White Clover -Trifolium repens

Latin Name: Trifolium repens

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Description: A creeping or erect herb. It keeps growing from year to year. It grows 20 cm high. The stems are creeping and hairless and root at the nodes. The leaves have 3 leaflets. The leaflets can be oval or heart shaped. They have a dent in at the ends. They are hairless. They are on long stalks and usually have a white band. The flowers are white and in a round head. It is on a stalk that is longer than the leaves. The pods are narrowly oblong. They are 4-5 mm long. There are 2-5 seeds.

Notes: Shamrock, the traditional Irish symbol, which according to legend was coined by Saint Patrick for the Holy Trinity, is commonly associated with clover, though sometimes with Oxalis species, which are also trifoliate (i.e., they have three leaves).
Clovers occasionally have leaves with four leaflets, instead of the usual three. These four-leaf clovers, like other rarities, are considered lucky. Clovers can also have five, six, or more leaves, but these are rarer. The record for most leaves is 56, set on 10 May 2009. This beat the 21-leaf clover, a record set in June 2008 by the same man, who had also held the prior record Guinness World Record of 18.
A common idiom is “to be (live) in clover”, meaning to live a carefree life of ease, comfort, or prosperity. This originally referred to the fact that clover is fattening to cattle.

Trifolium repens

 

 

 

 

 

 

 

 

 

 

Edibility Rating out of 5: 3

Medicinal Rating out of 5: 2

Edible Uses: Leaves – raw or cooked, harvested before the plant comes into flower and are used in salads, soups etc. They can also be used as a vegetable, cooked like spinach. The leaves are best cooked. Flowers and seed pods are dried, ground into powder and used as a flour or sprinkled on cooked foods such as boiled rice. Very wholesome and nutritious. The young flowers can also be used in salads. Root – cooked. The dried leaves impart a vanilla flavour to cakes etc. Dried flowering heads are a tea substitute.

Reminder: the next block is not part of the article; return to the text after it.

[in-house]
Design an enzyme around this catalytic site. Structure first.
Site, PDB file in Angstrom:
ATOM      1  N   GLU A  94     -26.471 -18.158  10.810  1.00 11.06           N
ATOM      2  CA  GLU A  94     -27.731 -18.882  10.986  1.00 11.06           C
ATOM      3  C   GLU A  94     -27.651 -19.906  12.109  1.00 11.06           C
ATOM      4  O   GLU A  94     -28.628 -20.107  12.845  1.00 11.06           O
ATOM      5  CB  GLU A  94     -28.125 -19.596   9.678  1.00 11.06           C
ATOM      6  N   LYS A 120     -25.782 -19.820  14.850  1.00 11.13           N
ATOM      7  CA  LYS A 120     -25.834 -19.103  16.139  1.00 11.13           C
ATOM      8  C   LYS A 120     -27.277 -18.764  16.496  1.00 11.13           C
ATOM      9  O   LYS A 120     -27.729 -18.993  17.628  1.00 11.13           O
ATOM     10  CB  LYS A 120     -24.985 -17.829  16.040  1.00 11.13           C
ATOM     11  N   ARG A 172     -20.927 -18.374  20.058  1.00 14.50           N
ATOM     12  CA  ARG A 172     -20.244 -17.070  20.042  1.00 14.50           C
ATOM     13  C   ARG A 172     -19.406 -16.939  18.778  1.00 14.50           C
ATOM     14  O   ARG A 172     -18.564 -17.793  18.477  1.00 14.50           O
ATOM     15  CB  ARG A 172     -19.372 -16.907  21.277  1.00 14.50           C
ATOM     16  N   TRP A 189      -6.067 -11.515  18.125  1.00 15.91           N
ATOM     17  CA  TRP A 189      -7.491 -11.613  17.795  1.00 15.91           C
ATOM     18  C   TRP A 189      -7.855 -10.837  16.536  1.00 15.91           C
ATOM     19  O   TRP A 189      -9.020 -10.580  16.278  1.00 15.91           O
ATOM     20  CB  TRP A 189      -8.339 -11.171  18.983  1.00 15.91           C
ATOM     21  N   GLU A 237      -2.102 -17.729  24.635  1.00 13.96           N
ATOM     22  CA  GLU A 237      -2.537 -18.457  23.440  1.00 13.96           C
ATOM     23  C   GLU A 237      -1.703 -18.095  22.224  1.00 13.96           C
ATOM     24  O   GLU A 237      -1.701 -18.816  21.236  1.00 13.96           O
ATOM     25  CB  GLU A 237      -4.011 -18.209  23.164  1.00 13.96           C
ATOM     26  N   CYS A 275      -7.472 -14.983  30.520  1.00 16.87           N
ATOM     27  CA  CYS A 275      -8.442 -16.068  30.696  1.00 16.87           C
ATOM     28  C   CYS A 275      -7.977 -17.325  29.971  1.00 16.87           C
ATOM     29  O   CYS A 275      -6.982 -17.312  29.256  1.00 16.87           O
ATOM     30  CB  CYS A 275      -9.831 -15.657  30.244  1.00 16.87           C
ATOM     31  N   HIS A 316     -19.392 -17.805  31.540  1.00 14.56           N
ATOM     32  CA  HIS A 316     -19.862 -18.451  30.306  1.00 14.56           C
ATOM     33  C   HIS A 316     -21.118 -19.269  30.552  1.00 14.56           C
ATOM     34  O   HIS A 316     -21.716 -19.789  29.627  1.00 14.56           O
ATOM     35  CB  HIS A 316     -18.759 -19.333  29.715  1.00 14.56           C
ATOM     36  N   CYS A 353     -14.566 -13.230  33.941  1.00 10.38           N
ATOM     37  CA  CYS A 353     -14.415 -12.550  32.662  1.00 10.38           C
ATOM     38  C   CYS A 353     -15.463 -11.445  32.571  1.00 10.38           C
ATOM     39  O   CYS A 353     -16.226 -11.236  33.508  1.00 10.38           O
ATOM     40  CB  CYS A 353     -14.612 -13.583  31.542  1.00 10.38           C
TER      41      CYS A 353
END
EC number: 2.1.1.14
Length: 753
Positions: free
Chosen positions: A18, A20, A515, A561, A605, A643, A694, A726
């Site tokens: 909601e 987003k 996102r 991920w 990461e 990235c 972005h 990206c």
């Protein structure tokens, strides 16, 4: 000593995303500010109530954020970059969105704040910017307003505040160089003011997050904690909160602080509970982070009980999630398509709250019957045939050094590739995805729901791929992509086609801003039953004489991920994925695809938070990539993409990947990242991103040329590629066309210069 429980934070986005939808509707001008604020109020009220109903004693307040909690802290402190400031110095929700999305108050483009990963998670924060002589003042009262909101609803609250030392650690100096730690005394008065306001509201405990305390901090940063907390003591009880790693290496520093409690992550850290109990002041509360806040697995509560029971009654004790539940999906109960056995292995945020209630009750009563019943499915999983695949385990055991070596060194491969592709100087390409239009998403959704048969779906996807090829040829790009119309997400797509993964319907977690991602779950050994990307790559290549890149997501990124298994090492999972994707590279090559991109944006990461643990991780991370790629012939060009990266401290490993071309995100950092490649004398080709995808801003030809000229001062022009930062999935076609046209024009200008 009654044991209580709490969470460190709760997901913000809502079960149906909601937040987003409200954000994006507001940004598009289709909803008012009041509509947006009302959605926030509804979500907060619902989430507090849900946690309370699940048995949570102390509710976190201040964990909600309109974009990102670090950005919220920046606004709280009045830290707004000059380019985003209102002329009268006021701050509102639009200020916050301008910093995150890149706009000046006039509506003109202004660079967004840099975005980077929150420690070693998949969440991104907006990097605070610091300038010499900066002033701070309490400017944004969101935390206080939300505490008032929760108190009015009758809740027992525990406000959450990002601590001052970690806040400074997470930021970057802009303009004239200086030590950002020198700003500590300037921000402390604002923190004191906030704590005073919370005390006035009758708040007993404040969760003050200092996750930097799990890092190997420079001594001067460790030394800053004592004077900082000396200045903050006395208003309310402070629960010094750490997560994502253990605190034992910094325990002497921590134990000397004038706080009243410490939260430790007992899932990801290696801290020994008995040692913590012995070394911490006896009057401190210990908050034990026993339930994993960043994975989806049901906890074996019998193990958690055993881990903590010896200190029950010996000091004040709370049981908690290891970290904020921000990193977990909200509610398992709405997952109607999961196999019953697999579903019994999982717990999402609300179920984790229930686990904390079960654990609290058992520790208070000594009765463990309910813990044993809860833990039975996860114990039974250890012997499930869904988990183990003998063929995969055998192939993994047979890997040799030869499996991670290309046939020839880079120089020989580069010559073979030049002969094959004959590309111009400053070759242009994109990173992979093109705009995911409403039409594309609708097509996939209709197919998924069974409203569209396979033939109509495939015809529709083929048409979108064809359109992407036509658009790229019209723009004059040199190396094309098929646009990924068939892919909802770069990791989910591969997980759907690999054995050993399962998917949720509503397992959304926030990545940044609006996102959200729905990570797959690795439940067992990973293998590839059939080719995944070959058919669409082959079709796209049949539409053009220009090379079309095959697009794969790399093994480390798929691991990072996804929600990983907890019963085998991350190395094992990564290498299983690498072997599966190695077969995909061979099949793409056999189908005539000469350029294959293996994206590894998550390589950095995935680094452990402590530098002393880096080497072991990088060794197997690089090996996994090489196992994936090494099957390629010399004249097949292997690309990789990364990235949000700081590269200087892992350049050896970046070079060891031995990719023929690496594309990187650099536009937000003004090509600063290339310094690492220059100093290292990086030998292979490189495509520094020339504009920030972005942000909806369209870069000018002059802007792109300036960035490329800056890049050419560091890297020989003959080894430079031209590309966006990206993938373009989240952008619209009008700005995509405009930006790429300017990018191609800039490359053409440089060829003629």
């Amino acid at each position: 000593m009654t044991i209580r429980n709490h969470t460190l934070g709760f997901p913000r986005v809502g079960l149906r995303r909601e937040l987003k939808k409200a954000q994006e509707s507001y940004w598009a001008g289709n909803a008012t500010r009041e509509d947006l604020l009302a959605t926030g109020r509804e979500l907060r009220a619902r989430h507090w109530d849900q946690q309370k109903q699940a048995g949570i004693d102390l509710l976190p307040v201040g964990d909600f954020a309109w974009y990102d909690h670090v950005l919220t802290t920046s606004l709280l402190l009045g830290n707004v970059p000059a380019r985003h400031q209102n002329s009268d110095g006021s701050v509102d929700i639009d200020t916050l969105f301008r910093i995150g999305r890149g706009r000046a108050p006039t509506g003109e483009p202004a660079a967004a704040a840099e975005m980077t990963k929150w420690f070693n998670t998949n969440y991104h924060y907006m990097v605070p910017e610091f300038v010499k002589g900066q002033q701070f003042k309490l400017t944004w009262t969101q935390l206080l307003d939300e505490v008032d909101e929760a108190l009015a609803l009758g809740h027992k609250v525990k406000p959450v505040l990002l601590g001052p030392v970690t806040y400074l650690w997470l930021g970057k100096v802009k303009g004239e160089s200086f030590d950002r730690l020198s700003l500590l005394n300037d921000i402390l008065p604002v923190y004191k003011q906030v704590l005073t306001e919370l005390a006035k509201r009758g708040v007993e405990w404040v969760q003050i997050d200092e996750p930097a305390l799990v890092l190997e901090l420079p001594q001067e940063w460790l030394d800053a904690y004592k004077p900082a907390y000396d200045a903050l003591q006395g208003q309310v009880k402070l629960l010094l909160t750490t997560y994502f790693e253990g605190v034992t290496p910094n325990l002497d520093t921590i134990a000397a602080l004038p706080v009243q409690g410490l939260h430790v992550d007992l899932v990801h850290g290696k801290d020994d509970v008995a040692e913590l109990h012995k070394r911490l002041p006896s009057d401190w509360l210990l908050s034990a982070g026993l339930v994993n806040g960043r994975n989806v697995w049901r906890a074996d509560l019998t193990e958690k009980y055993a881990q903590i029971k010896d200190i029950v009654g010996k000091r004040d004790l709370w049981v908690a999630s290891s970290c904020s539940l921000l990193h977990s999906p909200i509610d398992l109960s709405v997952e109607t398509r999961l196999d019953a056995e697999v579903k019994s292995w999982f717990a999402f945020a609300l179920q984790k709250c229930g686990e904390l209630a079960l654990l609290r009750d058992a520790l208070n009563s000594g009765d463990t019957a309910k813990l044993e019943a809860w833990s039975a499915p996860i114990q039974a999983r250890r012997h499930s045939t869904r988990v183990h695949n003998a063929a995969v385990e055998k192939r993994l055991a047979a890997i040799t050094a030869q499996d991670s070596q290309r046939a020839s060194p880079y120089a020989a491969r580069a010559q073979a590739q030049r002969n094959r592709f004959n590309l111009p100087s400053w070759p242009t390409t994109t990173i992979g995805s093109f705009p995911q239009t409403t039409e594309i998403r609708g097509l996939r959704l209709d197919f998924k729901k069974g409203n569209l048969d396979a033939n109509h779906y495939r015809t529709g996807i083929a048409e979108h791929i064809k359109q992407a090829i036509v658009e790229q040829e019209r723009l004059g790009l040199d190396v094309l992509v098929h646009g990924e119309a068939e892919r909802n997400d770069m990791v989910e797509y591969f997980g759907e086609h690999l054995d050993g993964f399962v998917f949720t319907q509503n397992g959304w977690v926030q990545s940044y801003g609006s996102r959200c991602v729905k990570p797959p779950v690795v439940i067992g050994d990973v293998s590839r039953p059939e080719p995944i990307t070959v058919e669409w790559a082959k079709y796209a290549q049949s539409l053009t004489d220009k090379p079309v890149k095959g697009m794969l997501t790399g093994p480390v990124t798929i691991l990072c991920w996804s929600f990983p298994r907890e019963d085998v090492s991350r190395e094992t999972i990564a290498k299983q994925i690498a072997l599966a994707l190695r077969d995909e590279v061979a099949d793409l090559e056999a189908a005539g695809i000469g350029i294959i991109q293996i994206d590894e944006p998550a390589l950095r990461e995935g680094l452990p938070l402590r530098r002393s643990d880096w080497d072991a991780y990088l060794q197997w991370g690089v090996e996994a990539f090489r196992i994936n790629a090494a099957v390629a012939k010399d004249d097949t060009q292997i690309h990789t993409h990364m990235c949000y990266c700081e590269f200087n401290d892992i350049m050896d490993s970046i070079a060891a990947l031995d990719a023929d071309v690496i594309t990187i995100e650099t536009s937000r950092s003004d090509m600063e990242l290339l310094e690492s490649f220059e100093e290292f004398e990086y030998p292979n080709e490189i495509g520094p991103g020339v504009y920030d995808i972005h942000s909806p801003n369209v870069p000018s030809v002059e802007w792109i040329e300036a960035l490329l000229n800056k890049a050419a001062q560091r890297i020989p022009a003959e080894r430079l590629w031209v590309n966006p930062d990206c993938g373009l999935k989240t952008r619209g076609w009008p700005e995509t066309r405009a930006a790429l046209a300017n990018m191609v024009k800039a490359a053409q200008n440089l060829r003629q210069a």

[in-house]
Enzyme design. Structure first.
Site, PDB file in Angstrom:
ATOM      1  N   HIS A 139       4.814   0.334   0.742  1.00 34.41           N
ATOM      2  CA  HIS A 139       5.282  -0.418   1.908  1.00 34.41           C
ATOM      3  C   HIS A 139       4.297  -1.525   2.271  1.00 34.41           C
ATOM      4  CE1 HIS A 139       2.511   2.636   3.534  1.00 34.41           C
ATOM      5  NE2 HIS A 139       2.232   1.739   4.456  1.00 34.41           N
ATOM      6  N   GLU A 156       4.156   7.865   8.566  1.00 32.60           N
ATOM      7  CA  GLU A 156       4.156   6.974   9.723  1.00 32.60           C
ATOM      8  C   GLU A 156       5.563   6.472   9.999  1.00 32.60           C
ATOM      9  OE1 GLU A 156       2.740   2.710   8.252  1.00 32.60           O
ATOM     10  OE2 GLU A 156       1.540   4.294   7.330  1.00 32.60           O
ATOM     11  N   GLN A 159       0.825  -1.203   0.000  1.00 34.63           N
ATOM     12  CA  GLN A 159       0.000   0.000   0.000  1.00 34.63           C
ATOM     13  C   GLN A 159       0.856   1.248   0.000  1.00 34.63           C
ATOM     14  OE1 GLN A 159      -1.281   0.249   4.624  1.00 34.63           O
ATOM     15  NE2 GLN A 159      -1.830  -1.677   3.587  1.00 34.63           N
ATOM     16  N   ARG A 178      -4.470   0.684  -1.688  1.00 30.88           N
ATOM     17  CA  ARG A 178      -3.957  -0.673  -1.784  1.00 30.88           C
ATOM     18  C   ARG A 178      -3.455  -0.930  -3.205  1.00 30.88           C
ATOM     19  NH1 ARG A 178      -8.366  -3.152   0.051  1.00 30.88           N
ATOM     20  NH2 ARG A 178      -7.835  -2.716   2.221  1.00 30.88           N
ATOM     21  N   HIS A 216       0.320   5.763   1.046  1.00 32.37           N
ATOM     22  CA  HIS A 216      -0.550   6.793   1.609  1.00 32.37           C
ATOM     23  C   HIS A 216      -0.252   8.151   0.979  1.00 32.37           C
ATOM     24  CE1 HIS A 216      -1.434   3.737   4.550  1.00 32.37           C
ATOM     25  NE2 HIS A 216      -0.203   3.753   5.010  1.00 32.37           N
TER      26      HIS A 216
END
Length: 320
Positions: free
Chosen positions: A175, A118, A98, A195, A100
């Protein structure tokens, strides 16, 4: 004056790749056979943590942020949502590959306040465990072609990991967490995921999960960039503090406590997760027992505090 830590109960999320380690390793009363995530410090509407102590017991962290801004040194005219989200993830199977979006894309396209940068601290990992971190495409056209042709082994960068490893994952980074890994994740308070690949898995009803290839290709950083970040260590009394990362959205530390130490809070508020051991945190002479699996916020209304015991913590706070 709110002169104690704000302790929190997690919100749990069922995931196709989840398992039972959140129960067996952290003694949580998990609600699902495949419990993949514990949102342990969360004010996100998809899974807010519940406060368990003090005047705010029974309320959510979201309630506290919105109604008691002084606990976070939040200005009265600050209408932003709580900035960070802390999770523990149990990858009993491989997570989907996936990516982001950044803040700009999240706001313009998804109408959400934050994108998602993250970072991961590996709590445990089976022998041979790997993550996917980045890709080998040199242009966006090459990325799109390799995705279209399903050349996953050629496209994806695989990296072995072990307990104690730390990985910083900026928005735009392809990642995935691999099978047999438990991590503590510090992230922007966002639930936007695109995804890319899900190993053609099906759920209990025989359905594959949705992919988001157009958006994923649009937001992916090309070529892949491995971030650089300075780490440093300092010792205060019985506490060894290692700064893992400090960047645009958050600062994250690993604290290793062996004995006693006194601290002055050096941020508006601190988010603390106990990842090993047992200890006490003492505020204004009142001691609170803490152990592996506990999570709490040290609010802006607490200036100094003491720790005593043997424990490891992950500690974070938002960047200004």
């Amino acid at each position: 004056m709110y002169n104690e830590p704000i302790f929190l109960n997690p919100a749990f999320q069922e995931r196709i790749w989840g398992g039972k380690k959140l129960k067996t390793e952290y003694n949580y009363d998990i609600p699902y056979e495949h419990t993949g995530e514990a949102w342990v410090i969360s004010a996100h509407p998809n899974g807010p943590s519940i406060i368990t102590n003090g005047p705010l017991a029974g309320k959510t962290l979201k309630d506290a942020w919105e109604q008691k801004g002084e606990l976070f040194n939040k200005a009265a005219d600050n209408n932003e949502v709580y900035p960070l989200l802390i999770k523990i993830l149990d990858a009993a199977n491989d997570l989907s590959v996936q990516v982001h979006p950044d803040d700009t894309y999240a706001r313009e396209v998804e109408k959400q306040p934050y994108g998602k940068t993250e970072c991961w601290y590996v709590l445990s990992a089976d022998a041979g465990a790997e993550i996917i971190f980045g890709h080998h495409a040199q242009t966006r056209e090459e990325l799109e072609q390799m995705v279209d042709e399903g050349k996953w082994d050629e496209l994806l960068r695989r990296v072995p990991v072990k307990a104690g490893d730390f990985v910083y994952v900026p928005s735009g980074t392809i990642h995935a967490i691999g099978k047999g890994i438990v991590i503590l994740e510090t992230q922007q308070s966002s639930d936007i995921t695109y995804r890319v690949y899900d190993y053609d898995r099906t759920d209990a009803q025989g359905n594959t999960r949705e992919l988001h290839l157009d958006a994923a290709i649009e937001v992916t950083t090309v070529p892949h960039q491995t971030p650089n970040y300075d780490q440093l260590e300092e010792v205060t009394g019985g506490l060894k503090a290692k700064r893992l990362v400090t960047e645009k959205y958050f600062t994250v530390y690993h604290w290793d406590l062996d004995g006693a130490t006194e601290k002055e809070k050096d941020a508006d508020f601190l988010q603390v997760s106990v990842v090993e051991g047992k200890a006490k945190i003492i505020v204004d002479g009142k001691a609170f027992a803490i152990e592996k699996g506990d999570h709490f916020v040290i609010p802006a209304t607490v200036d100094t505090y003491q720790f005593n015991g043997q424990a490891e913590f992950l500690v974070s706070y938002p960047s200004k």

Warnings: This plant has been known to cause problems for grazing animals,and might be associated with the climate in which the plant is growing.

Medicinal Uses: Antirheumatic; Antiscrophulatic; Depurative; Detergent; Ophthalmic; Tonic.

Medicinal Information: The plant is antirheumatic, antiscrophulatic, depurative, detergent and tonic. An infusion has been used in the treatment of coughs, colds, fevers and leucorrhoea. A tincture of the leaves is applied as an ointment to gout. An infusion of the flowers has been used as an eyewash.

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Other Uses: Green manure.

The plant makes a good green manure, it is useful for over-wintering, especially in a mixture with Lolium perenne. Produces a good bulk. It is a host to ‘clover rot’ however, so should not be used too frequently. It can be undersown with cereals or with tomatoes in a greenhouse (sow the seed before planting the tomatoes). Fairly deep rooting but not very fast growing. A good fast ground-cover plant for a sunny position.

Resources: 

Wikispiecies

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